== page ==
I’m currently reading a book called “The girl with seven names” by Hyeonseo Lee, a North Korean defector, who later went back to the border with South Korea to help smuggle her mother and brother out of the country too.
Reading the book will never give anyone a true idea of just how things are in North Korea, but it certainly is an eye opener, one scene that stuck in my mind was how, when their house suffered a fire, Hyeonseo’s father ran back into the blazing house to save …. the pictures of Kim Jung Il. She relates in some detail how although she didnt feel any sense of sadness when The Great Leader died, she knew that she had to join in the national outcry of tears under fear of being suspected of being disloyal, even at her young age. Brainwashing of the most horrendous brutal kind imaginable.
Today whilst perusing the world’s news on various sources on the interweb, I came across a piece about impending reunion meetings between families separated for 62 years by the civil war in Korea. Tens of thousands of South Koreans applied for the meetings, but finally only 100 were chosen, and since the list was announced ten of the chosen ones have died and one is in a critical condition in hospital. These meetings have taken place sporadically since an agreement was reached between the two countries (still technically at war, as hostilities were only stopped under an armistice) in 2000.
The families will meet in North Korea, in a mountain resort called Kumgang, there are programmed to be three days of meetings, six hours in total, some played out in front of cameras and some private. There are many incredibly sad stories to be told, and I’ve added a few quotes from the BBC news website, to explain far better than I ever could:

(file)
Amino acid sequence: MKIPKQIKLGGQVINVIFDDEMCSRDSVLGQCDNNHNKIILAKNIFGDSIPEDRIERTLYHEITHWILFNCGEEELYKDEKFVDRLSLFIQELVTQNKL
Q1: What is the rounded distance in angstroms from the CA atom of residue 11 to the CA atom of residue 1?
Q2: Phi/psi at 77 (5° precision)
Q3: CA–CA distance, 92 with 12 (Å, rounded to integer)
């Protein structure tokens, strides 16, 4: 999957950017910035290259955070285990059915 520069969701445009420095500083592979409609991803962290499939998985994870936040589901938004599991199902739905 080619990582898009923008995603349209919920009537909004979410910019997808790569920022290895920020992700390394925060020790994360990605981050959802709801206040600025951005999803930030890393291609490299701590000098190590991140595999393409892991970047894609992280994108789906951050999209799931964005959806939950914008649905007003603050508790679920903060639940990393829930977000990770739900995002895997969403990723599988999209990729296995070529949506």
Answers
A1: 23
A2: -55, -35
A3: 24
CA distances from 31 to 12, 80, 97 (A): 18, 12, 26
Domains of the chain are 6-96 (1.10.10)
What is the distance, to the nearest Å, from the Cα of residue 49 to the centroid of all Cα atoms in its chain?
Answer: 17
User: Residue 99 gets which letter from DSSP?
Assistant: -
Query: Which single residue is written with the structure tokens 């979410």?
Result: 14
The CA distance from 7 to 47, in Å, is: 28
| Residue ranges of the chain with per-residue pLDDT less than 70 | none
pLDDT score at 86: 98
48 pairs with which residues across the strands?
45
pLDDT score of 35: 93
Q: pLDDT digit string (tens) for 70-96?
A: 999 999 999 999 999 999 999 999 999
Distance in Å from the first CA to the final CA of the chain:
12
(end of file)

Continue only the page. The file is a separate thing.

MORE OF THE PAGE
“Lee Taek-gu is 89 years old and he will meet his sister who is 20 years younger. He last saw her when she was a tiny girl and he a young man who got on a boat to flee south, thinking he would come back after the war.
Since then, he has been writing letters to his parents knowing he would never send them because there is no postal service between the two halves of Korea. He wrote them as therapy for his grief.
He told the BBC he would simply thank his sister for being alive.”
“Mr Choi will meet one of his daughters this week. She was two when he last saw her and is 64 now.
“I am not sure if I will even be able to recognise her”, he said. “I don’t even remember how she looked as a baby”.
“Another person who will meet long-lost family is 87-year-old Kim Wu-jong, who lives alone in a small, run-down home in Seoul. He is poor and partially paralysed.
But he is overjoyed at the prospect of seeing his younger sister whom he calls “the flower and princess of my family”. They have not seen met since the Korean War ended in 1953.”
It is incredibly difficult to pass comment on what happens inside North Korea, the few visitors that get to visit are so tightly monitored that they see only what the authorities allow them to, but I cant think of many things more inhumane than this particular facet of their society. I’m sure after 60 years families on both sides have accepted the fact they will never see each other again, but then, to have a fleeting glimpse of those they left behind and know that it will be the last time you will ever see them is just so painfully cruel.